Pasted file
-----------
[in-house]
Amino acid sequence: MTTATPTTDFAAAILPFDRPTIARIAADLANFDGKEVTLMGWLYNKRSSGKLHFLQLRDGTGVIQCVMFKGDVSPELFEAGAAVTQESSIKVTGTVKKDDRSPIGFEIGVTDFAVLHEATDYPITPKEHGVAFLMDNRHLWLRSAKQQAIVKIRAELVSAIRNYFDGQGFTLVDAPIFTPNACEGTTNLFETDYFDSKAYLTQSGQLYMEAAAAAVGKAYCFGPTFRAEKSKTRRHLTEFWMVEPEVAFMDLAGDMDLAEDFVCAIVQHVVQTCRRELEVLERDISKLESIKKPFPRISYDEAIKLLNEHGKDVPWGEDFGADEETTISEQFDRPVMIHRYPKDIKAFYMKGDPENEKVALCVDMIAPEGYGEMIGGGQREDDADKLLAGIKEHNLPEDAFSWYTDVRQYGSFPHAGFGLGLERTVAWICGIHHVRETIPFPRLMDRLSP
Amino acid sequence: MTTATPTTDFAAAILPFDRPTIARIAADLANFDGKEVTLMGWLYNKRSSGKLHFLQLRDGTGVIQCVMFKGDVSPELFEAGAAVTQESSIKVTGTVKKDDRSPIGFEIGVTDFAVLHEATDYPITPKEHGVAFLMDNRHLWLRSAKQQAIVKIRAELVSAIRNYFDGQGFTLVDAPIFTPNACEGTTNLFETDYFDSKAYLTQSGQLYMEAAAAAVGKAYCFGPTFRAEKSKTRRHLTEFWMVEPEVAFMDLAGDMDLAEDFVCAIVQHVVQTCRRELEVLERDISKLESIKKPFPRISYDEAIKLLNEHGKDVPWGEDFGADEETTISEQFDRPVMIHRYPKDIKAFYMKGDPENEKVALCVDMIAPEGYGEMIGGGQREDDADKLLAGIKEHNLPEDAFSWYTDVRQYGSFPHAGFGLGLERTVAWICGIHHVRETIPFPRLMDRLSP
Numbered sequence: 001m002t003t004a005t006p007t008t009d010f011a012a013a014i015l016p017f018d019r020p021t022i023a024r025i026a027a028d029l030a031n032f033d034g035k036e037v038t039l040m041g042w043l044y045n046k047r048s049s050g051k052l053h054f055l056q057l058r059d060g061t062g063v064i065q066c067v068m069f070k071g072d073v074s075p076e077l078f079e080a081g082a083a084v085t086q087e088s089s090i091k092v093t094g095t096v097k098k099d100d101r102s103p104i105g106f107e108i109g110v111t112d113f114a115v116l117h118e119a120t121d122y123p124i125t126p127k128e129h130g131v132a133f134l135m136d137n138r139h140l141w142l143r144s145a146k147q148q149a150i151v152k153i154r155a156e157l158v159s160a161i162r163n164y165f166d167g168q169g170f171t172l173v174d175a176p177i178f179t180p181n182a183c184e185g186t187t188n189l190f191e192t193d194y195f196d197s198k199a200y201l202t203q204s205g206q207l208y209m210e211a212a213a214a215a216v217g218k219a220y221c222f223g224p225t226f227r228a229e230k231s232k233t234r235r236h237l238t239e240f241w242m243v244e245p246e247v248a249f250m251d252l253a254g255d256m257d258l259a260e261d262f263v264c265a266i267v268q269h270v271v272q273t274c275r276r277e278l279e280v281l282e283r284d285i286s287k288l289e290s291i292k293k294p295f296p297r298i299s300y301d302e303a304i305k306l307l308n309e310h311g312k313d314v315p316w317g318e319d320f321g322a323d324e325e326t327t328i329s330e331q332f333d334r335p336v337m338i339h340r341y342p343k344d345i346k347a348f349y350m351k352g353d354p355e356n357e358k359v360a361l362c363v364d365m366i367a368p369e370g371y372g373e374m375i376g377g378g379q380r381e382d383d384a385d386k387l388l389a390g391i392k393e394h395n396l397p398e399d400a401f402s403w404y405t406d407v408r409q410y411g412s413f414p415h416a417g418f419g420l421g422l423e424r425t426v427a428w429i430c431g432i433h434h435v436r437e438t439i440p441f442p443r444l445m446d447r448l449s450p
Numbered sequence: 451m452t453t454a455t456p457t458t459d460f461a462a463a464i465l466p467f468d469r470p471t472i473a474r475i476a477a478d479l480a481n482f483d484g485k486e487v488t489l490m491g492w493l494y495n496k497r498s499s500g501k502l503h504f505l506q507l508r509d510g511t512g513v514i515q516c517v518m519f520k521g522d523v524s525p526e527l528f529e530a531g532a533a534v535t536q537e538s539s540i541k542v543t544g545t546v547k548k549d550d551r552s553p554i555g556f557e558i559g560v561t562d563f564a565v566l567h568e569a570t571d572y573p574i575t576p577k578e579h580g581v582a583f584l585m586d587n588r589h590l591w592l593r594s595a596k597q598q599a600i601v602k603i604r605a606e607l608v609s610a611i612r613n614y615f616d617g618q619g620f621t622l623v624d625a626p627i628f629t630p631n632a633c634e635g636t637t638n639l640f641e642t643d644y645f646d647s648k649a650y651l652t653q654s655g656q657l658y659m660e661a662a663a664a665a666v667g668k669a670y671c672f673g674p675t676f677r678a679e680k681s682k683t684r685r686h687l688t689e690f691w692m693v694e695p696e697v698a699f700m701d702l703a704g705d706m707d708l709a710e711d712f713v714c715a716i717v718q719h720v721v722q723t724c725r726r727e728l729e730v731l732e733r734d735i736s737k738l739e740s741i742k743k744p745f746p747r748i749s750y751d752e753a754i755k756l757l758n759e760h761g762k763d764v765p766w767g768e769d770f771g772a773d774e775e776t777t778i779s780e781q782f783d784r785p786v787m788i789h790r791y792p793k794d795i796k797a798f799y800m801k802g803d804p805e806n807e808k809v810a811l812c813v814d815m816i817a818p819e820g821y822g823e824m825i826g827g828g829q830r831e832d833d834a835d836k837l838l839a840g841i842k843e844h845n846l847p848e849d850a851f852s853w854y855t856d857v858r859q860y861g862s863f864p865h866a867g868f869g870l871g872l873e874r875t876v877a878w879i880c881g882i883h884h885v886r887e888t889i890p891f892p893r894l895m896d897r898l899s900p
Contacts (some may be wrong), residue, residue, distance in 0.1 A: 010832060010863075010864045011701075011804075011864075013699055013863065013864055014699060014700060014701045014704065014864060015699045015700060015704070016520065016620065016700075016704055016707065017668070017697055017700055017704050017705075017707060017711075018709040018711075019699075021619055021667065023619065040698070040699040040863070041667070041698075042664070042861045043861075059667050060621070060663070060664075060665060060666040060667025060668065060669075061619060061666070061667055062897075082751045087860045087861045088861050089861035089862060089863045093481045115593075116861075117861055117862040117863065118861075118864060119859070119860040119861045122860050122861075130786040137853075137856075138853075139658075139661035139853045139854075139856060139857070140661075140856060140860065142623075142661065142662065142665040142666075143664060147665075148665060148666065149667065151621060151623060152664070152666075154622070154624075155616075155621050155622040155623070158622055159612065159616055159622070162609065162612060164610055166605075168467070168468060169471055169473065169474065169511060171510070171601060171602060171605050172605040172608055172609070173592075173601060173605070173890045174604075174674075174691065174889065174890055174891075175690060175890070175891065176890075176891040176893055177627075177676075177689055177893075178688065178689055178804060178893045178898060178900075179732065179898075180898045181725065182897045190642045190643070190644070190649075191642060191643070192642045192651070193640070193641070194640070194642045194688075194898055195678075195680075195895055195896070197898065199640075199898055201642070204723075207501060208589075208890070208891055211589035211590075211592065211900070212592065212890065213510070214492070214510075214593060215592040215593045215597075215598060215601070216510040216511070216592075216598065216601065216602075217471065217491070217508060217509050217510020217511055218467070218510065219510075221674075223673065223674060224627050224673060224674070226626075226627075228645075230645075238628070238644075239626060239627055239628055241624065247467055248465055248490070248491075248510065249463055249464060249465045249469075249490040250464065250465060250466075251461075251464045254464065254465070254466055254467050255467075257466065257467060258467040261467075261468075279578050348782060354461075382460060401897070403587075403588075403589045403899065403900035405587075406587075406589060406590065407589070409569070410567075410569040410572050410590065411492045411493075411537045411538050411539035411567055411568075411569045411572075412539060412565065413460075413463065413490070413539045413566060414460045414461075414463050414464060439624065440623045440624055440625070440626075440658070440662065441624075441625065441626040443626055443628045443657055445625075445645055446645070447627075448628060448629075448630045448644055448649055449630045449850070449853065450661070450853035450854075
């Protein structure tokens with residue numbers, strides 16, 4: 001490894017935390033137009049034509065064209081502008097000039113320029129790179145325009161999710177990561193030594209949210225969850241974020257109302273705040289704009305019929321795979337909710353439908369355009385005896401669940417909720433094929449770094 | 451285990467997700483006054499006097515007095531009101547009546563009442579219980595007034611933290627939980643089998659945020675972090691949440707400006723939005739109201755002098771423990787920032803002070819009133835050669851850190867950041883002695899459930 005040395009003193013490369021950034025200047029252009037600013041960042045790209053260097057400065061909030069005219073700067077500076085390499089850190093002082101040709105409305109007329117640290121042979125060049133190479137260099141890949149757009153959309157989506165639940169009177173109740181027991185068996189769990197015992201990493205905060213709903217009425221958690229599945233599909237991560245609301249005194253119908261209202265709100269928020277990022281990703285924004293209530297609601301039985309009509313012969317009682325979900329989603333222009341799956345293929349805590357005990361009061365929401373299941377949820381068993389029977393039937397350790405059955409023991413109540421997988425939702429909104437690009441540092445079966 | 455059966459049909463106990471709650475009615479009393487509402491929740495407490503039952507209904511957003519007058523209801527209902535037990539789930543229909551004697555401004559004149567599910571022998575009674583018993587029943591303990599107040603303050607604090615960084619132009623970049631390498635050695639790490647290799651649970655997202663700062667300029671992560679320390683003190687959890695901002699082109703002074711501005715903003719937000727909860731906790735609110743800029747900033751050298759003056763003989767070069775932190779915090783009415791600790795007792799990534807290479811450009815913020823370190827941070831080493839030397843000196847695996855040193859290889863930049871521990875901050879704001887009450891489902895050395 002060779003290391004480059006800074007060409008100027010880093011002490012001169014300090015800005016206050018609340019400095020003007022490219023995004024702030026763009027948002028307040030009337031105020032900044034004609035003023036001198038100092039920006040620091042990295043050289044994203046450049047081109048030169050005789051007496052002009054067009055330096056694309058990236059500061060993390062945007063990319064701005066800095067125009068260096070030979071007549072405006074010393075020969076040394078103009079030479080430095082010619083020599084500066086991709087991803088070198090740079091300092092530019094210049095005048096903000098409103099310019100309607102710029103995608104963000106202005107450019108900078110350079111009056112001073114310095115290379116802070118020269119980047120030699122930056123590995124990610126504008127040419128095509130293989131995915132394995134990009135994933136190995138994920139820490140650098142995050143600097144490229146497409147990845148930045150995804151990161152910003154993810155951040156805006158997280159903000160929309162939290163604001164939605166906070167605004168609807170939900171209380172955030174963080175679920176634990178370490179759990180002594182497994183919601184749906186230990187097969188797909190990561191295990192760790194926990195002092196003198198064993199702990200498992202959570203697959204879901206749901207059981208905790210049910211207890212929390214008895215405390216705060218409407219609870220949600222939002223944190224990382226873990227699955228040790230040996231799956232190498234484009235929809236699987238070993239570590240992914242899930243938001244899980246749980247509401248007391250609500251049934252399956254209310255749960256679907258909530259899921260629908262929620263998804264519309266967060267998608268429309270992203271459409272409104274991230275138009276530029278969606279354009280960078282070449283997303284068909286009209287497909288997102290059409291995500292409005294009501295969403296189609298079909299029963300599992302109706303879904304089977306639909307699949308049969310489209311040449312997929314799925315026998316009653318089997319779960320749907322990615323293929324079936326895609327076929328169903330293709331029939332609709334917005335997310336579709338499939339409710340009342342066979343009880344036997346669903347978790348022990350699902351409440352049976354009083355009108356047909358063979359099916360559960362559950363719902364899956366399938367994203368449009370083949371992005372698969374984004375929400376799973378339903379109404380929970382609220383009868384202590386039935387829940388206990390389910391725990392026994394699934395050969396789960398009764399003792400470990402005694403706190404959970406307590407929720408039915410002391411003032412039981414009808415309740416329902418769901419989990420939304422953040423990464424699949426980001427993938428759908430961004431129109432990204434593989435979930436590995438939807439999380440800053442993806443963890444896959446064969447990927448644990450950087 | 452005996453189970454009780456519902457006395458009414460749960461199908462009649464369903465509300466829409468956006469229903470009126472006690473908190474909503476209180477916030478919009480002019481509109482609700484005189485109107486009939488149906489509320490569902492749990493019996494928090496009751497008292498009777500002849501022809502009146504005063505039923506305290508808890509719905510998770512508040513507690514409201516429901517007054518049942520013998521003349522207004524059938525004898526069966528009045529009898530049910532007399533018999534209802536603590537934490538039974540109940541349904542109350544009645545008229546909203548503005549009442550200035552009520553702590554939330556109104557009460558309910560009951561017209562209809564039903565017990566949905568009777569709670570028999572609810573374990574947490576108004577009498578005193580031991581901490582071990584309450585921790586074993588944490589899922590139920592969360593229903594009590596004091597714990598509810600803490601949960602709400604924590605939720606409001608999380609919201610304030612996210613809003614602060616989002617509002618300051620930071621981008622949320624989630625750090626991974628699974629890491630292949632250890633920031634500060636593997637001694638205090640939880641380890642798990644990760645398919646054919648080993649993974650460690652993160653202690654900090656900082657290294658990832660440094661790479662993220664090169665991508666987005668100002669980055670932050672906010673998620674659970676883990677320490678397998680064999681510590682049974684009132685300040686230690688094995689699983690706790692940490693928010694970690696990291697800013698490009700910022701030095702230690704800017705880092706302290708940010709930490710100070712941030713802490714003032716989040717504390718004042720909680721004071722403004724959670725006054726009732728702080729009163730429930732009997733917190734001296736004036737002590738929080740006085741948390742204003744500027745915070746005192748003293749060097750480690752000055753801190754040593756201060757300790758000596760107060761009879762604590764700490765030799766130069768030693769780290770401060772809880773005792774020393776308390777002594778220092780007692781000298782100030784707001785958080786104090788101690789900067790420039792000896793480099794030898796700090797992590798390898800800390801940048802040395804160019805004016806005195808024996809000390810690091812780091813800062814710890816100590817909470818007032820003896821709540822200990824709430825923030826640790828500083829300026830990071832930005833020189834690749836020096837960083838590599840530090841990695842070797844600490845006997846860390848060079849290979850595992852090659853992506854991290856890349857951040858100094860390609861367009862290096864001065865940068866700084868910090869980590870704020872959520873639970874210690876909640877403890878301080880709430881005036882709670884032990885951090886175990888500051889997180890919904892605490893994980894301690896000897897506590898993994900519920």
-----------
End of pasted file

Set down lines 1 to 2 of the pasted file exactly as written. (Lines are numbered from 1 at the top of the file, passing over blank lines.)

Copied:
[in-house]
Amino acid sequence: MTTATPTTDFAAAILPFDRPTIARIAADLANFDGKEVTLMGWLYNKRSSGKLHFLQLRDGTGVIQCVMFKGDVSPELFEAGAAVTQESSIKVTGTVKKDDRSPIGFEIGVTDFAVLHEATDYPITPKEHGVAFLMDNRHLWLRSAKQQAIVKIRAELVSAIRNYFDGQGFTLVDAPIFTPNACEGTTNLFETDYFDSKAYLTQSGQLYMEAAAAAVGKAYCFGPTFRAEKSKTRRHLTEFWMVEPEVAFMDLAGDMDLAEDFVCAIVQHVVQTCRRELEVLERDISKLESIKKPFPRISYDEAIKLLNEHGKDVPWGEDFGADEETTISEQFDRPVMIHRYPKDIKAFYMKGDPENEKVALCVDMIAPEGYGEMIGGGQREDDADKLLAGIKEHNLPEDAFSWYTDVRQYGSFPHAGFGLGLERTVAWICGIHHVRETIPFPRLMDRLSP